After the trust agreement is signed, an account must be created in the name of the trust. (If the Grantor does not have an individual checking account, the Grantor may also have to create a checking account to fund the trust.)

Insurance must either be purchased by the trust or transferred into the trust. This requires completing insurance forms that designate the trust as the owner AND beneficiary of the policy. (One the the biggest mistakes people make is only changing the beneficiary of a policy to the trust. You will not receive any estate tax benefits unless you also make the ILIT the owner of the policy.)

Immediately after the trust is funded, a letter must be sent to the designated Crummey beneficiaries to advise them of their withdrawal rights. These letters should be acknowledged by the beneficiaries (or their guardians) and maintained by the attorney (or trustee). After 30 days (or whatever the relevant Crummey time period is) the Trustee may use the gift from the Grantor to pay the insurance proceeds.

Be careful of accidentally funding the trust! This often happens when a trust owns a life insurance policy and the Grantor directly pays the premium rather than making payments to the trust. The danger to accidentally funding a trust is that the trustee may forget to send out the Crummey notices and payments on the policy won’t be considered tax free gifts. The Grantor may make direct payments on a policy owned by the trust, but the Crummey notices must be sent and the trust must be otherwise properly funded.

Buying a Policy or Transferring an Existing Policy to an ILIT

When creating a life insurance trust, it is important to know whether the client will be buying the insurance through the insurance trust or if they will be transferring in an existing insurance policy.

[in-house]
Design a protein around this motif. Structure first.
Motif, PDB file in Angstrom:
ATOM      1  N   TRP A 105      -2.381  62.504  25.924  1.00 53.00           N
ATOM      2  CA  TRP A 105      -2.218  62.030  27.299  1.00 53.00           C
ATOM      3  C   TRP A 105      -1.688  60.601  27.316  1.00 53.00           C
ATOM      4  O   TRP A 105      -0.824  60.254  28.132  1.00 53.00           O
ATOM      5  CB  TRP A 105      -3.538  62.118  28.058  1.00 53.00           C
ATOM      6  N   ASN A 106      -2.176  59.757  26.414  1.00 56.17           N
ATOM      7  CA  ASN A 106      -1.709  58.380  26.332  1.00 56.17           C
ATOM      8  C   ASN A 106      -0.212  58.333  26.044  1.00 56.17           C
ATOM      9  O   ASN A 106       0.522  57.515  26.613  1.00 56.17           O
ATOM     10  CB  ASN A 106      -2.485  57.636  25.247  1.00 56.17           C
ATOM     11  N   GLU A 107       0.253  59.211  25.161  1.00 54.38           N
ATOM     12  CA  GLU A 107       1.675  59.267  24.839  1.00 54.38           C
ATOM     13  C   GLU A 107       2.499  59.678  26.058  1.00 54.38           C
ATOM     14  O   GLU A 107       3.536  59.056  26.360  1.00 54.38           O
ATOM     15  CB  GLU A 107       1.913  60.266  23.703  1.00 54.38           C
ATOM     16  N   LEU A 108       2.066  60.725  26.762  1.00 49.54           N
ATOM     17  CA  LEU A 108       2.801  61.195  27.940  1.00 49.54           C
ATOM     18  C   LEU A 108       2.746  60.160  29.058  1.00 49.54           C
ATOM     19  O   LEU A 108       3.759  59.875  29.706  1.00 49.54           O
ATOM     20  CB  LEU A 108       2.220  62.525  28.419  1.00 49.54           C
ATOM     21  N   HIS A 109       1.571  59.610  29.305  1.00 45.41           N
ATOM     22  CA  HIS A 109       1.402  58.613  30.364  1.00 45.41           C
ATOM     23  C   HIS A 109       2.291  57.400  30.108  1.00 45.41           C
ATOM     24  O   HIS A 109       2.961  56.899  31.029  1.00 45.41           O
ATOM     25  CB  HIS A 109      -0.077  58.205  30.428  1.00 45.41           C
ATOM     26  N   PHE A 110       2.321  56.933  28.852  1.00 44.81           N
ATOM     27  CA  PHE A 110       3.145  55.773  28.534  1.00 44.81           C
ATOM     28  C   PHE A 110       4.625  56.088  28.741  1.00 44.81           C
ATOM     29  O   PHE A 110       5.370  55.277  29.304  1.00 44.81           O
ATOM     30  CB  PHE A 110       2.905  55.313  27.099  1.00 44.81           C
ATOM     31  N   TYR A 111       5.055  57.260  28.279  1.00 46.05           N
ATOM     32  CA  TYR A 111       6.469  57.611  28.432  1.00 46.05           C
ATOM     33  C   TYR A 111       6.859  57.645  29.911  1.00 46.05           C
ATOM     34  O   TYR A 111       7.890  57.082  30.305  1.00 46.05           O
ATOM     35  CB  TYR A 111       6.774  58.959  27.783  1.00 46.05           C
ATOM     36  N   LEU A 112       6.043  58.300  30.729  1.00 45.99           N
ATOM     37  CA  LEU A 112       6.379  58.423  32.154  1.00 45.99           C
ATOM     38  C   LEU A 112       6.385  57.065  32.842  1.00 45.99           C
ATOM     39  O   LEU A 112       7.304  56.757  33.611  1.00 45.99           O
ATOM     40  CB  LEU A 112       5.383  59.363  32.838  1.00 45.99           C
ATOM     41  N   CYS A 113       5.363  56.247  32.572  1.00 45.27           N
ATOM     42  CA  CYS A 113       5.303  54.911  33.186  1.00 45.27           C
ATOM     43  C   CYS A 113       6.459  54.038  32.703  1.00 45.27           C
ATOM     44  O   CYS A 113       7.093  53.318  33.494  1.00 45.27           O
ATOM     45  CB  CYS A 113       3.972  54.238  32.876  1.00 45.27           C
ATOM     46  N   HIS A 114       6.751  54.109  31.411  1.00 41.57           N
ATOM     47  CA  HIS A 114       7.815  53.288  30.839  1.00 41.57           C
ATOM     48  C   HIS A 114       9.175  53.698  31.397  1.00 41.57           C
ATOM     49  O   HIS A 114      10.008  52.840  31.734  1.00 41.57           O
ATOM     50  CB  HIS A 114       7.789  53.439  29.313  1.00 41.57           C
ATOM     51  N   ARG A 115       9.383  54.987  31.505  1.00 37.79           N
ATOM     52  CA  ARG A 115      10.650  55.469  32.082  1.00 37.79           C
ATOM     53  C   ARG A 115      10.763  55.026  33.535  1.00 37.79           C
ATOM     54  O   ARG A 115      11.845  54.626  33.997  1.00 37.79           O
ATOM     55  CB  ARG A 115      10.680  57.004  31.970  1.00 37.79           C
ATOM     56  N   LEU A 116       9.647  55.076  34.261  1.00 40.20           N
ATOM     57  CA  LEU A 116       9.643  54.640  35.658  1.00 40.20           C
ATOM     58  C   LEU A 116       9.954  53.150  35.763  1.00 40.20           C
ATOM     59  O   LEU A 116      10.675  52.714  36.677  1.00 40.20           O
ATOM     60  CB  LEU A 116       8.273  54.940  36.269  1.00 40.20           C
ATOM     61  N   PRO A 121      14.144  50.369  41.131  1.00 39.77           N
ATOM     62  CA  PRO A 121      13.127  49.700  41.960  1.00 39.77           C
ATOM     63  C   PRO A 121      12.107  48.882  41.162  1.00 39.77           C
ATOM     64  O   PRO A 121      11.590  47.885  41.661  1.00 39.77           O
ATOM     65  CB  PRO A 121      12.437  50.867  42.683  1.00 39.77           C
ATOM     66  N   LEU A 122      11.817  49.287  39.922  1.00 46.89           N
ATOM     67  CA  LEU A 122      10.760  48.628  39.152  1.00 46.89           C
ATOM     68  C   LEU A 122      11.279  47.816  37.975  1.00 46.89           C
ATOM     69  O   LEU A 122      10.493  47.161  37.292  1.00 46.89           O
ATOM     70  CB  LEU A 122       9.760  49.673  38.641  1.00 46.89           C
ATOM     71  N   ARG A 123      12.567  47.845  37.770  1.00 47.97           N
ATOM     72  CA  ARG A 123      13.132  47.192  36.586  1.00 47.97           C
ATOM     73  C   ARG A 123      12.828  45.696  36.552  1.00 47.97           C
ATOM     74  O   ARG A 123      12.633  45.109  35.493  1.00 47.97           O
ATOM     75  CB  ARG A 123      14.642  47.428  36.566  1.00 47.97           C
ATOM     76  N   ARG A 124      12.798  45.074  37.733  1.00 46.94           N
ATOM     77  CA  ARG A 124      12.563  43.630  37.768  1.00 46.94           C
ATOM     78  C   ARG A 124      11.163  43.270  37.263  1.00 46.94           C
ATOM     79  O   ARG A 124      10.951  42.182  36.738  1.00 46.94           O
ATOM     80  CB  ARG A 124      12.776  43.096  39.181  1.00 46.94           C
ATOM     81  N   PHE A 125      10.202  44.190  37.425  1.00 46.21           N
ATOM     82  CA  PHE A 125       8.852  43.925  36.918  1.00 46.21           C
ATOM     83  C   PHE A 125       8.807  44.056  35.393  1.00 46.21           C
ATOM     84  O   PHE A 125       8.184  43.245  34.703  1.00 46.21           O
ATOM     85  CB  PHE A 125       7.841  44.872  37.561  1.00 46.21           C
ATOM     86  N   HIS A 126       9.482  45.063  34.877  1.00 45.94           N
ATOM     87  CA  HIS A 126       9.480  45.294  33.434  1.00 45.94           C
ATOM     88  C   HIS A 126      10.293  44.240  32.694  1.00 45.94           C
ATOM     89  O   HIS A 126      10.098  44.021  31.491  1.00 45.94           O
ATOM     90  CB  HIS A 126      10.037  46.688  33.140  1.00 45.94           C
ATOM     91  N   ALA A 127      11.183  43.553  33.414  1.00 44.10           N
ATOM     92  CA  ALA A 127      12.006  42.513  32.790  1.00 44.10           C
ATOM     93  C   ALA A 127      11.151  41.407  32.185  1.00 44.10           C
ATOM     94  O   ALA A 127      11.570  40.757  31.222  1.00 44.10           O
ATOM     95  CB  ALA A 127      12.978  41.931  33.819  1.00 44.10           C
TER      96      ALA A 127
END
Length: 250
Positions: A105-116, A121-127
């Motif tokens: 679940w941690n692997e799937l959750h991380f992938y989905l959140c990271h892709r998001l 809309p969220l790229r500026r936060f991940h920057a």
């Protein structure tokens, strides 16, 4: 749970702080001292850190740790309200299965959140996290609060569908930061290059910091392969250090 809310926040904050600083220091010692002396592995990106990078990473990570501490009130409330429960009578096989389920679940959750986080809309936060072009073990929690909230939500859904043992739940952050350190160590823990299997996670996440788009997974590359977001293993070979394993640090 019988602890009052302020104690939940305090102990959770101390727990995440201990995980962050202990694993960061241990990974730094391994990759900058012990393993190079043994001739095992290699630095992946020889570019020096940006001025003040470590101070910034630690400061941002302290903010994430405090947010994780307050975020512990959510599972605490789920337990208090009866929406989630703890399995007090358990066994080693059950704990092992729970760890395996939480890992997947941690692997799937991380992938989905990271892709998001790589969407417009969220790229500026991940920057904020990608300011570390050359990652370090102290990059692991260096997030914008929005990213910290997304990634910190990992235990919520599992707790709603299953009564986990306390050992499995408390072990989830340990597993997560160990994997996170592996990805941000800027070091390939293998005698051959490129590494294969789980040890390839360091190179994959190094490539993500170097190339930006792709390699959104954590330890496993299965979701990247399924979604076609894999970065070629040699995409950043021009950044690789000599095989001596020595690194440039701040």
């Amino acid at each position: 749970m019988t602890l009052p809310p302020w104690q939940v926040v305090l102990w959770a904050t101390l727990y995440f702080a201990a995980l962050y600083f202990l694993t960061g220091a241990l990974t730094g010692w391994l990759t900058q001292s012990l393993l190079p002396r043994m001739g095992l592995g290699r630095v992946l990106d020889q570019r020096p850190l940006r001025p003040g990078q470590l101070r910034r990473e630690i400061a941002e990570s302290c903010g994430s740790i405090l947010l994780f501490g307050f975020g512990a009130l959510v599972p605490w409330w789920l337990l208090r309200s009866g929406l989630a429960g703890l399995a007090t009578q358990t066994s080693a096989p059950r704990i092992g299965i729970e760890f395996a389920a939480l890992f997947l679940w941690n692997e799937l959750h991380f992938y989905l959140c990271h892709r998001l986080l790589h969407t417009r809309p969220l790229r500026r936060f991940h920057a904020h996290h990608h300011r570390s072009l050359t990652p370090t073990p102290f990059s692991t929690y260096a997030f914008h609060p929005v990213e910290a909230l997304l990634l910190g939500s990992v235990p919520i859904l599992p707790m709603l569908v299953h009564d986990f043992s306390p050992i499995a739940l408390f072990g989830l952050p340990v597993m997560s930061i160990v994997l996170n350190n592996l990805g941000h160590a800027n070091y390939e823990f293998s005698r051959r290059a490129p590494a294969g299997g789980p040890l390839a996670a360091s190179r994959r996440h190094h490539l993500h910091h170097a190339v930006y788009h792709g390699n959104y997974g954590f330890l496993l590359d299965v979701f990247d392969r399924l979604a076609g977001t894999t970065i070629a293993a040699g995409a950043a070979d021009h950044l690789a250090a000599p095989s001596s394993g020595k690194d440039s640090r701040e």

It is generally safer for a person to transfer cash into the trust and have the trust buy the insurance because:

  1. It avoids I.R.C. §2035 which states that a person’s gross estate for estate tax purposes includes certain assets that have been transferred out of the person’s estate within three years of death. Accordingly, if a person transfers an insurance policy to an insurance trust and dies within three years of when the gift to the trust was made, the full amount of the proceeds will be subject to Federal Estate Taxes.
  2. It avoids having to determine the value of the existing policy at the time of the transfer. This value is known as the interpolated terminal reserve and is frequently a bit of a pain in the neck to obtain from the insurance company.

However, if you gift an existing insurance policy to a trust:

  1. The value of the insurance at the time of the transfer is a gift to the Crummey beneficiaries of the trust.
  2. Care must be taken when selecting the beneficiaries of the trust to ensure that there are enough beneficiaries to shelter the value of the gift.